An internationally embarrassing episode
I write in no official or professional capacity, only as a citizen of Guyana.
In a widely reported presentation last week at the opening ceremony of the 33rd Meeting of the Conference of Heads of Government of the Caricom in St Lucia, President Donald Ramotar of Guyana is widely reported to have commented thus:
“…today we face the abomination – key [West Indies cricket] matches are now being taken out of the (Caribbean) region while some of our territories are deliberately deprived. We, while recognizing and respecting the autonomy of the sport, cannot be oblivious to the problems in the administration of the game. We therefore call for the full implementation of the recommendations of the Patterson Commission.”
The President criticized the West Indies Cricket Board decision to host matches in Florida and followed this up by calling for the “full implementation of the recommendations of the Patterson Commission.”
Please see below, excerpts from pages 106 and 107 of the Governance Committee on West Indies Cricket Report (commonly referred to as the ‘Patterson Report’ and the ‘Patterson Commission’ by the President):
21:11:1 Assuming Responsibility for Cricket in the Americas: There is need to expand the geographical scope of cricket to include countries of the Americas for which the ICC has designated the WICB to be the focal point. The game is now established in Argentina, Bahamas, Bermuda, British Virgin Islands, Canada, St Maarten and the USA where a United States Cricket Federation was established in 1996.
21.11.2 Targeting Differential Markets especially within Canada and USA: Recognizing the potential of market size in North America and benefits that can accrue from growing the game, the expansion of an Americas league for example based on the CONCACAF model and perhaps the shorter version of the game should attract the necessary support including sponsorship and media coverage. In the case of the USA special marketing strategies are required.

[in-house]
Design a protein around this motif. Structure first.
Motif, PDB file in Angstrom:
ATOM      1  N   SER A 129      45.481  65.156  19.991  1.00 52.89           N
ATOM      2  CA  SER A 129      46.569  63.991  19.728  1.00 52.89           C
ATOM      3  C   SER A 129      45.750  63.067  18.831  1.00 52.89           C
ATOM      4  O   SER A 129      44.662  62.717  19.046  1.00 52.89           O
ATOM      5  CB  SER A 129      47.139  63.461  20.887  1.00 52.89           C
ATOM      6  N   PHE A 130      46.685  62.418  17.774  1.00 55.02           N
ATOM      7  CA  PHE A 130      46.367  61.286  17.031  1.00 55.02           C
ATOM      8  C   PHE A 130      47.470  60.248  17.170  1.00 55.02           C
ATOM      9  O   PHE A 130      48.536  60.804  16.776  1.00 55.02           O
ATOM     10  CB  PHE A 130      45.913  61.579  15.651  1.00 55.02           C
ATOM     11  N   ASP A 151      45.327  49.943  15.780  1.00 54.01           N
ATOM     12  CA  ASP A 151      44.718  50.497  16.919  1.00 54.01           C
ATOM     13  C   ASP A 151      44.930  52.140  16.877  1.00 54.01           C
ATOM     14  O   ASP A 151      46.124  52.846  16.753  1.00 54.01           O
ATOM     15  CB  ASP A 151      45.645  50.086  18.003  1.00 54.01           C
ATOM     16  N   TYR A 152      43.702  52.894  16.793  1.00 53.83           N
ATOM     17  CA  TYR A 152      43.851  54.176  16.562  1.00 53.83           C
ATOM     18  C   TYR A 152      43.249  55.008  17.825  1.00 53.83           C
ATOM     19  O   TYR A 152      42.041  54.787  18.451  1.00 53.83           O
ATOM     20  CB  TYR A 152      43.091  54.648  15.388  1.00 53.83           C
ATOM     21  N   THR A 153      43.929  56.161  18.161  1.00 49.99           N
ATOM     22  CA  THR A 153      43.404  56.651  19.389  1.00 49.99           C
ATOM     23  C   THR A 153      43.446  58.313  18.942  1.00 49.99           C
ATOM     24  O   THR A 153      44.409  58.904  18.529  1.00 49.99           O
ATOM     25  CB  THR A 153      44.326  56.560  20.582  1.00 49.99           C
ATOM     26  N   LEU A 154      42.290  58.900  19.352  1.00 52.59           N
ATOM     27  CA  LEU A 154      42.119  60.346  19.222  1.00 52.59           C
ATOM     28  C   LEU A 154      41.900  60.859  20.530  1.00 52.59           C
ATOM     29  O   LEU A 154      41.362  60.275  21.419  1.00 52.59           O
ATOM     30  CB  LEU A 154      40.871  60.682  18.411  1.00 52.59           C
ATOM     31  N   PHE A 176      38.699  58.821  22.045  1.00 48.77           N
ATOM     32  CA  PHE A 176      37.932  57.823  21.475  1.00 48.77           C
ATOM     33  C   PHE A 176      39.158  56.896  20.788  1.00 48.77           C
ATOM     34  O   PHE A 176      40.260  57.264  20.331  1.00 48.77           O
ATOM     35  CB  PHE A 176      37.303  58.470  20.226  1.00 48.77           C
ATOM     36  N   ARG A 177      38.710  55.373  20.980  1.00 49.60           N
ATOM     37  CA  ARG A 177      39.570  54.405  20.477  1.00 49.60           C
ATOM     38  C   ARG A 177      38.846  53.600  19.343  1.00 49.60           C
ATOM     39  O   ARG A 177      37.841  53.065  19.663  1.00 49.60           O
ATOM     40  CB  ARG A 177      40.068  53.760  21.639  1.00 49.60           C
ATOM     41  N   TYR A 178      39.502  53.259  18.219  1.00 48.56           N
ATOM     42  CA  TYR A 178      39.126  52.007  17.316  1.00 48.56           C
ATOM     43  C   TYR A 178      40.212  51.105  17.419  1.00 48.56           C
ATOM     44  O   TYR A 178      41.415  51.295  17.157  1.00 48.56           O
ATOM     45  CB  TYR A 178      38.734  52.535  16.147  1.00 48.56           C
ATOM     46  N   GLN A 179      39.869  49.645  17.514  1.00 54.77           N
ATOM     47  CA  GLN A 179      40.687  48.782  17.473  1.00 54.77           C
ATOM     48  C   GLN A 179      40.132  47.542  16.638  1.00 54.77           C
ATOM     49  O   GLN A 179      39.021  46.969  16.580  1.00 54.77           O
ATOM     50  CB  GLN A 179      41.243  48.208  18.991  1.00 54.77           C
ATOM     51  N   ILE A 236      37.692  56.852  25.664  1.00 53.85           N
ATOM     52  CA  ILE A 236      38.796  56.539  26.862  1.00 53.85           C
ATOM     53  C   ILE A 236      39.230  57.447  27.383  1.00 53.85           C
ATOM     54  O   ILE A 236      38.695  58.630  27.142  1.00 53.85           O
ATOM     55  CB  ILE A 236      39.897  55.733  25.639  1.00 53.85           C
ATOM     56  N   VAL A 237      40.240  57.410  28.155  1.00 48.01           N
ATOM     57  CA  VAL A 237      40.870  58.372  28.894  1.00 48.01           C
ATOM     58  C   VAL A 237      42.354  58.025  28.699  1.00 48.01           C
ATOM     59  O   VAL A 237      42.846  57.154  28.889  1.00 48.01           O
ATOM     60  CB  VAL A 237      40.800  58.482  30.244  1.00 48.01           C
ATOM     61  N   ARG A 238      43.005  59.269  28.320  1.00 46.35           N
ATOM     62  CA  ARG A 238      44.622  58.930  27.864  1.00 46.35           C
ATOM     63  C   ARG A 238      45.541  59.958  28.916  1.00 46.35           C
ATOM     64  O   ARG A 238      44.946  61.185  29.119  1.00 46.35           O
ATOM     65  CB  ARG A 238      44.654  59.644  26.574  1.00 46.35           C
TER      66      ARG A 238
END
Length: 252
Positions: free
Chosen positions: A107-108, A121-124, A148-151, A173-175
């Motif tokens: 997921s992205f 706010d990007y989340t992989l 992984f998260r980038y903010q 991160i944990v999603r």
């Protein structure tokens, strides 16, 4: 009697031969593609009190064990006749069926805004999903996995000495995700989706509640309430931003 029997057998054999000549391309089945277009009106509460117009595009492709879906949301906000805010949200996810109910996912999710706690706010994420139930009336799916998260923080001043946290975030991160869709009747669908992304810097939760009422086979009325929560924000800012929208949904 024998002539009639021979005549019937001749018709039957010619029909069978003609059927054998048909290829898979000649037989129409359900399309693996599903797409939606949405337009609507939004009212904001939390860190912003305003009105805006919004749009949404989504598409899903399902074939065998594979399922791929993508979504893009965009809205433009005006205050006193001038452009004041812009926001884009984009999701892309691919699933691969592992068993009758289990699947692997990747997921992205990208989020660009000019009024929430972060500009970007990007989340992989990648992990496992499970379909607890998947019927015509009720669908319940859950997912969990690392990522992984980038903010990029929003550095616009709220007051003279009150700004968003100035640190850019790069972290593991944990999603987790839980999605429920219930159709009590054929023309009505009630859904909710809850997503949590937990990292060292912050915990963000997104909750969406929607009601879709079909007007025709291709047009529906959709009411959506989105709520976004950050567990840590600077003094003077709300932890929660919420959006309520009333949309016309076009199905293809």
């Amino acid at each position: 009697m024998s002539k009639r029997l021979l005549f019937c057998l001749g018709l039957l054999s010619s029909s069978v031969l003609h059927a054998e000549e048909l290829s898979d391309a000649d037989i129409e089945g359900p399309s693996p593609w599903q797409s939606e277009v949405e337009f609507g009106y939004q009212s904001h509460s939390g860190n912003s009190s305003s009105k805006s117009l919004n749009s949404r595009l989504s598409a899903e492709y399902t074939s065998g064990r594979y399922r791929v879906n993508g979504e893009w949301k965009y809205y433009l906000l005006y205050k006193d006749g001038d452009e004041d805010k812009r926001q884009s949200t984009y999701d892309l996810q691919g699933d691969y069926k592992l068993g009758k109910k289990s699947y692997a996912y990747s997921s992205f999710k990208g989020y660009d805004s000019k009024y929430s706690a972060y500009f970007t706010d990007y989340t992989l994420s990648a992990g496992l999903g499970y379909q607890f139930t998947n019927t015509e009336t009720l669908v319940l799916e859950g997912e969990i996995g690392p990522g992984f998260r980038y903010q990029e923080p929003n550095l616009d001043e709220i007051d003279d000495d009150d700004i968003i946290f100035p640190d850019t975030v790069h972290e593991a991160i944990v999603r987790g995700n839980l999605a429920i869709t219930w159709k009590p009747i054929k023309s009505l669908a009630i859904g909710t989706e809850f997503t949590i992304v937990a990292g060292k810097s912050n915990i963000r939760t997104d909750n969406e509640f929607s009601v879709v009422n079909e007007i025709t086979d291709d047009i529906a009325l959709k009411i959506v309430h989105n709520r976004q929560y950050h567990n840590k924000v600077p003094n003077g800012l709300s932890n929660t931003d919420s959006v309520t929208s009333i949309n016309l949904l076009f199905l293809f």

21.11.3 With the rapid expansion of the game and the potential for new and valuable sources of income, the West Indies cements its relationship with those countries for which it has responsibility, particularly the United States of America and Canada, and the Board move swiftly to assert itself and establish a leadership position.
One cannot expect that President Ramotar should be personally au fait with all the content of the dozens, perhaps hundreds of reports – often amounting to hundreds of pages each – before him. It is therefore regrettable that the quality of staff employed at the Office of the President to act as his aides and advisors has been reduced to the likes of the recently self-confessed ‘news carrier’ and his ‘news receiving’ superior. That being the case, this internationally embarrassing episode is unlikely to be the last for Guyana. One can only hope that inevitable future episodes do not result in the President and Guyana being subjected to the sort of scolding and reprimand as per the Jamaica Observer editorial of Saturday, July 7 last.